Expion Search & Selection Food & FMCG Recruitment
Expion Search & Selection Medical Devices & Pharmaceutical Recruitment

Expion is an award-winning Recruitment Company specialising in recruiting top talent for the Food & FMCG, Pharmaceutical & Medical Devices, Engineered Products and Automotive, Distribution & Logistics Sectors.

Experts in our markets

Expion Search & Selection Engineered Products Recruitment

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AND MORE!OUR COMBINED YEARS OF RECRUITMENT EXPERIENCE - EXPert opinION

Expion Search & Selection Automotive, Distribution & Logistics Recruitment

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PLACEMENTS SINCE 2010 AND COUNTING

Recruitment Process Outsourcing

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RETAINED SEARCH HEADHUNT PLACEMENTS SINCE 2010

Talent Mapping and Market Benchmarking

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INTERIM PLACEMENTS IN THE LAST 2 YEARS

Outplacement Support
  • Stephen McDonnell

    ​Sam was very helpful in supporting me to secure my new job. He took time to listen to what was important to me, and translate that into just what I expected from a new employer. He kept me in the ...

    Stephen McDonnell
    Royal Mail
  • Dziuljeta Achambachaite

    ​I highly recommend Laura because of her amazing professionalism and support throughout my job search, calling me and updating me regularly on the activities you were undertaking. She was very help...

    Dziuljeta Achambachaite
  • Nick Hunter

    ​From start to finish Caroline & Expion were excellent, the service, advice, feedback & knowledge sharing was first class. Very polite, professional & would certainly not hesitate in re...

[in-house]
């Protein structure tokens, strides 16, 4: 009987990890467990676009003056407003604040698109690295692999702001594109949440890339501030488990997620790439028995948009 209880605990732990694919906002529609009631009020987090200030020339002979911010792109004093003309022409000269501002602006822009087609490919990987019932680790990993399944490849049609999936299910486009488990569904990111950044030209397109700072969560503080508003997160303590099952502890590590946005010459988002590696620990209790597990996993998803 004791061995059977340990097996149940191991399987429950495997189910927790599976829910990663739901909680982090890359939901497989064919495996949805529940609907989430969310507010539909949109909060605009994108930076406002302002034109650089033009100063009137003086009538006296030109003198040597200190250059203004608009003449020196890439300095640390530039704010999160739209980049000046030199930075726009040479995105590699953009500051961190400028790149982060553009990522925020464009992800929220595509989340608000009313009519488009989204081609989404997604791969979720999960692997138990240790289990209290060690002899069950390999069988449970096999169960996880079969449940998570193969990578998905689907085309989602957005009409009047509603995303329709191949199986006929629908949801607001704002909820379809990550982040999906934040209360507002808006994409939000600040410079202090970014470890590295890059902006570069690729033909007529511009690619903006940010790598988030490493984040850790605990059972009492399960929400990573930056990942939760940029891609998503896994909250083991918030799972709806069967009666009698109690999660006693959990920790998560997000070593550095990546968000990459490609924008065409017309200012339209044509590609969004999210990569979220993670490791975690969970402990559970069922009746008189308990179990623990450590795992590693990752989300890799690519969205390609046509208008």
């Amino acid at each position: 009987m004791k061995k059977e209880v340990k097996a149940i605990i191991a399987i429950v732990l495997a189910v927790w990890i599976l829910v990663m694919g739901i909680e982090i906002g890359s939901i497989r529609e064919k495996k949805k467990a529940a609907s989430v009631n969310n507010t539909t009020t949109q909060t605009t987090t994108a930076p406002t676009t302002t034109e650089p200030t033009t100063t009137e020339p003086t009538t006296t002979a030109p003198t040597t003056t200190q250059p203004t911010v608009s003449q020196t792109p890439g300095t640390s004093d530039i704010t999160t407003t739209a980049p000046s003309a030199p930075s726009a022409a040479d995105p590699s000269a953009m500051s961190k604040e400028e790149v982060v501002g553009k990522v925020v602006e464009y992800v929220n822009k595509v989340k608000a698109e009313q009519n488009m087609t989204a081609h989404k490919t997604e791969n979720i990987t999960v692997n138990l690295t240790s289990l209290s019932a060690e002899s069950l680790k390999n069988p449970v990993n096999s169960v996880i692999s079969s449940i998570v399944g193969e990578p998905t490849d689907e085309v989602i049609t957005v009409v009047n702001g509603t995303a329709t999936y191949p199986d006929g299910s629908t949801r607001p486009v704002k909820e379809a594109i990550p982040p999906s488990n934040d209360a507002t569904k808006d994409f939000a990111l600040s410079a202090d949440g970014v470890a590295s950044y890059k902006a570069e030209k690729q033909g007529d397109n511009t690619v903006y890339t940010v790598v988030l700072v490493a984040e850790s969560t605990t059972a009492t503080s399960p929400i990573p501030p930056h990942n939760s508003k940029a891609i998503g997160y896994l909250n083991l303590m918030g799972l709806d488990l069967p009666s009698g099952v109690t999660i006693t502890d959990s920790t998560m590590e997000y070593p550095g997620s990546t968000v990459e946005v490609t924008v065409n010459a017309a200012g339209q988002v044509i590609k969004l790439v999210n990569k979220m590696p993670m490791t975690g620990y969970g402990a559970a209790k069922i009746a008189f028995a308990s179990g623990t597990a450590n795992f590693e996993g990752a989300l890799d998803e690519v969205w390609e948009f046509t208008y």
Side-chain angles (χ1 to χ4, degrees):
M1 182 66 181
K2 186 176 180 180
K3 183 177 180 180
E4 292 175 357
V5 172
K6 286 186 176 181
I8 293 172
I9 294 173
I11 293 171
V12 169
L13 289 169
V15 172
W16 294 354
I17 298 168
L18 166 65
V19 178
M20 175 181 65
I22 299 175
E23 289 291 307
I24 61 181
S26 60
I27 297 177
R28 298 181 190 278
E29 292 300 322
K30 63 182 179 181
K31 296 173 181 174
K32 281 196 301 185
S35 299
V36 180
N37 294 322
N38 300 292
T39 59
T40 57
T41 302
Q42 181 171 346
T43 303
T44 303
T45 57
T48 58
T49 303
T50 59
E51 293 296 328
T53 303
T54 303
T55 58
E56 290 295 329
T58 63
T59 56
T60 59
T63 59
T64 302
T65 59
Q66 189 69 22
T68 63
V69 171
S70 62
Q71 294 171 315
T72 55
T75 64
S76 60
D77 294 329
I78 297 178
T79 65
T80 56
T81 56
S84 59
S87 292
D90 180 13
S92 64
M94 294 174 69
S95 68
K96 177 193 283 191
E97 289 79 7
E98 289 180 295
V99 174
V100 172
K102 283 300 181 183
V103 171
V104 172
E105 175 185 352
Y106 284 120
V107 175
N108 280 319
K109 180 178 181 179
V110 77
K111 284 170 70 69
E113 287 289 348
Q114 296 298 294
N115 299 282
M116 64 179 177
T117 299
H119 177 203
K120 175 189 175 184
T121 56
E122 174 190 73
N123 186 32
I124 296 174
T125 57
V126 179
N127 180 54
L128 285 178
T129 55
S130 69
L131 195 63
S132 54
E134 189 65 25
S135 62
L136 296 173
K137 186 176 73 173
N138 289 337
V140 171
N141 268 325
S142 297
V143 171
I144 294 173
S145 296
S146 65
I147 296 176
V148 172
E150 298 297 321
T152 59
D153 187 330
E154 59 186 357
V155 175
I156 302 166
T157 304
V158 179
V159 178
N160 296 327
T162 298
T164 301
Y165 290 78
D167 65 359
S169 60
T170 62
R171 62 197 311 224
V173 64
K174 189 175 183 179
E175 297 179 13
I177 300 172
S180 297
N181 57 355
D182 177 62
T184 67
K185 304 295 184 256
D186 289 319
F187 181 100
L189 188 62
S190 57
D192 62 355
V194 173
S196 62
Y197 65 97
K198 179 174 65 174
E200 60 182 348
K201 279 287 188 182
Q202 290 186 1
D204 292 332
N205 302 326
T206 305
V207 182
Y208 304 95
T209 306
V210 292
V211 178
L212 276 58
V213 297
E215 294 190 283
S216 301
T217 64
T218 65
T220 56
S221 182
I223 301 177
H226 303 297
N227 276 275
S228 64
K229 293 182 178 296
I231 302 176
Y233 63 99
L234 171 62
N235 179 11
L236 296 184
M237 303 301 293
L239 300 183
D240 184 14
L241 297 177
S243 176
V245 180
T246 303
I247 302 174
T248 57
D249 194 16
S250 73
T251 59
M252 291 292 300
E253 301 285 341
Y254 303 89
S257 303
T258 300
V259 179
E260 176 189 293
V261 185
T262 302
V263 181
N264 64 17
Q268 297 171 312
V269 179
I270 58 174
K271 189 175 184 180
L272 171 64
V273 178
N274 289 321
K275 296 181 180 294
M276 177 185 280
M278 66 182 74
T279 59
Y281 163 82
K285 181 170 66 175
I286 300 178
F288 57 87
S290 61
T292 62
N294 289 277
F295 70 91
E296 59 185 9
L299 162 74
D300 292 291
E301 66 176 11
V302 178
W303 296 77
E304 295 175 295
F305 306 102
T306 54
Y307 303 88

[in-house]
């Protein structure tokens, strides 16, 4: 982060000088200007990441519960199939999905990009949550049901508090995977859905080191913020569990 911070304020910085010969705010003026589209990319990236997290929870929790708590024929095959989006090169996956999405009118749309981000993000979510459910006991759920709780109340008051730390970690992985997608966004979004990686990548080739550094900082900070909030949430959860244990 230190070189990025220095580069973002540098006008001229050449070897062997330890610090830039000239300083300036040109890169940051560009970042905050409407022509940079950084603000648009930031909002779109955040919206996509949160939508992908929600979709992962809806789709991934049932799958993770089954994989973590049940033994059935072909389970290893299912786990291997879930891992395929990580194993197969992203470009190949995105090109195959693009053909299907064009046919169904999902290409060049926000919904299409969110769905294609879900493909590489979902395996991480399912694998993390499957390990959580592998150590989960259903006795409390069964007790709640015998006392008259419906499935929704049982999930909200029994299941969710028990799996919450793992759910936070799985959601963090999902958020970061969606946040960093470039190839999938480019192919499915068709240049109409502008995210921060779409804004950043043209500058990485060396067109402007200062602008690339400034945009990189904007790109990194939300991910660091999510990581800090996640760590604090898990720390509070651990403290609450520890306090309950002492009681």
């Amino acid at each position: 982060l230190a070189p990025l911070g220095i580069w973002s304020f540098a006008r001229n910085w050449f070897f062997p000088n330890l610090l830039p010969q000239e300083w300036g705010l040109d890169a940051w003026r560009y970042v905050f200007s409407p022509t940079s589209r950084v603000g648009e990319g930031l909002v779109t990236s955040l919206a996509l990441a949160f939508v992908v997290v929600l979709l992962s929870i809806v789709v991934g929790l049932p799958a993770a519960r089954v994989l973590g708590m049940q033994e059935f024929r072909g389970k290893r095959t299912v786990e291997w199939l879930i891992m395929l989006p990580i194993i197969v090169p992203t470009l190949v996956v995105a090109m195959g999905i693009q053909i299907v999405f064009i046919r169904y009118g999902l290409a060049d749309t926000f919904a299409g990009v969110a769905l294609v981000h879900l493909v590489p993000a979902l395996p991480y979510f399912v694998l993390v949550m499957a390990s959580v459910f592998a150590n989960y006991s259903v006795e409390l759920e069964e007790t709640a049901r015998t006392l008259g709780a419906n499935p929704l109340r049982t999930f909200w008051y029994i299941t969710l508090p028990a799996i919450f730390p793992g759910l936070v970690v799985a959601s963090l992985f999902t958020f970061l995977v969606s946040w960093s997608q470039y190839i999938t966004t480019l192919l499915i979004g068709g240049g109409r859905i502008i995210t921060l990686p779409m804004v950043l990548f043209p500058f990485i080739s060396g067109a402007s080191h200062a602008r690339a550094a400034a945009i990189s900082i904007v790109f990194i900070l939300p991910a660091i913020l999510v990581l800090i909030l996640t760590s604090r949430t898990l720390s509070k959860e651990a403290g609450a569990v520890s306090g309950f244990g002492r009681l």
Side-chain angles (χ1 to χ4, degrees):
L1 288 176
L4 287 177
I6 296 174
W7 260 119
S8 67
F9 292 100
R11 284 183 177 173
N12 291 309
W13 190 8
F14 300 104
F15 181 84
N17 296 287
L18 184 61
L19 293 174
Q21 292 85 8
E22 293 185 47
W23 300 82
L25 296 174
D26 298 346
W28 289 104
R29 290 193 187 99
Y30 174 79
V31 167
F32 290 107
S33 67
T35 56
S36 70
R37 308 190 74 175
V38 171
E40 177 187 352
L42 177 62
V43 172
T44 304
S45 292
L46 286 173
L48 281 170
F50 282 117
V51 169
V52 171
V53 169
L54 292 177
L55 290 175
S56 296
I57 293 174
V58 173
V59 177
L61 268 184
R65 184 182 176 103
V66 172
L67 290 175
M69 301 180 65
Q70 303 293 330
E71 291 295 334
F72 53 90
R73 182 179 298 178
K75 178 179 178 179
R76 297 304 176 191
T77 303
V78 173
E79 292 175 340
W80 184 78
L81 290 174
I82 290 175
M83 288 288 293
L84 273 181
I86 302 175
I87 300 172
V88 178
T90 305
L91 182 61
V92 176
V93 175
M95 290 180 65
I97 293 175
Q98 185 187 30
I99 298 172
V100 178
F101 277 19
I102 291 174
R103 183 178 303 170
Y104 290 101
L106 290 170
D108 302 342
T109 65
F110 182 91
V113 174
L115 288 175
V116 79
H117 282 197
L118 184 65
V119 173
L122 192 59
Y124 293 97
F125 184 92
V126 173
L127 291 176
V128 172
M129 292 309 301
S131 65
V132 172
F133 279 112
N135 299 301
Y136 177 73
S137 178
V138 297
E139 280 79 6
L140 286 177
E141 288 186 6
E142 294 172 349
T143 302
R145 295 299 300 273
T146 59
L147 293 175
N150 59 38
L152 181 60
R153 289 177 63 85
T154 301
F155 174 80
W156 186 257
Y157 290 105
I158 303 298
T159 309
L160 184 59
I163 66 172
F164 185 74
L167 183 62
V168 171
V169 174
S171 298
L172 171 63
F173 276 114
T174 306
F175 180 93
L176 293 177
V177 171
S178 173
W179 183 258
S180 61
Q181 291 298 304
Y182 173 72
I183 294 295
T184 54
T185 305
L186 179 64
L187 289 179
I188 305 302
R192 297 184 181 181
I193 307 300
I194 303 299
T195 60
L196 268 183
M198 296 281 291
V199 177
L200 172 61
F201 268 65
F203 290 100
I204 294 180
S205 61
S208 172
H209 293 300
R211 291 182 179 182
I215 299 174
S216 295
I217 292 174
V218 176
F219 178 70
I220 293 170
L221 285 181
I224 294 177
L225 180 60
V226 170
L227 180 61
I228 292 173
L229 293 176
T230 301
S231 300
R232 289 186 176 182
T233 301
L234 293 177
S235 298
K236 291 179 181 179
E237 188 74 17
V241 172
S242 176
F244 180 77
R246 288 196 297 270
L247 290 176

Nick Hunter
  • Luke Heeney

    ​Caroline is a pleasure to work with. She takes the time to understand the personal context, the working environment and the potential fit when considering candidates for potential roles. I found h...

    Luke Heeney
    Head of R&D Plant Protein
  • Claire Kemp

    ​Having not been through the recruitment process for 7 years Caroline guided me through each step of the way with encouragement. Caroline's professionalism and knowledge were 1st class. I would hig...

    Claire Kemp
    Technical Manager - Jordans Dorset Ryvita
  • Simon Gardner

    As an Interim Contractor in Food and FMCG, I have worked on several contracts with clients managed through Caroline and I can honestly say that her attitude and enthusiasm are second-to-none in the...

    Simon Gardner
    Packaging Elements Ltd
  • Lynn Roberts

    I have worked with Richard for many years as a client, he is a very experienced professional with a strong knowledge of the pharmaceutical industry. Richard provides an excellent service with regul...

    Lynn Roberts
    HR Professional
  • Anita Park

    My experience working with Caroline, has been nothing else but professional and friendly. Caroline has a brilliant knowledge in her area of recruitment, (Food & FMCG), acts fast, and always del...

    Anita Park
    FIFST, BScEng, BRCGS Trainer & Consultant, Director at FSC&A Ltd, Co-Founder at Toby's Favourites

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We work with organisations from start-ups to global giants. We have a loyal community of talent. Making sure we operate to ensure clients and candidates have the best experience with us is at the heart of what we do.

Interim Management Food & FMCG

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  • Bbc
    Candidate
    More Jobs than People?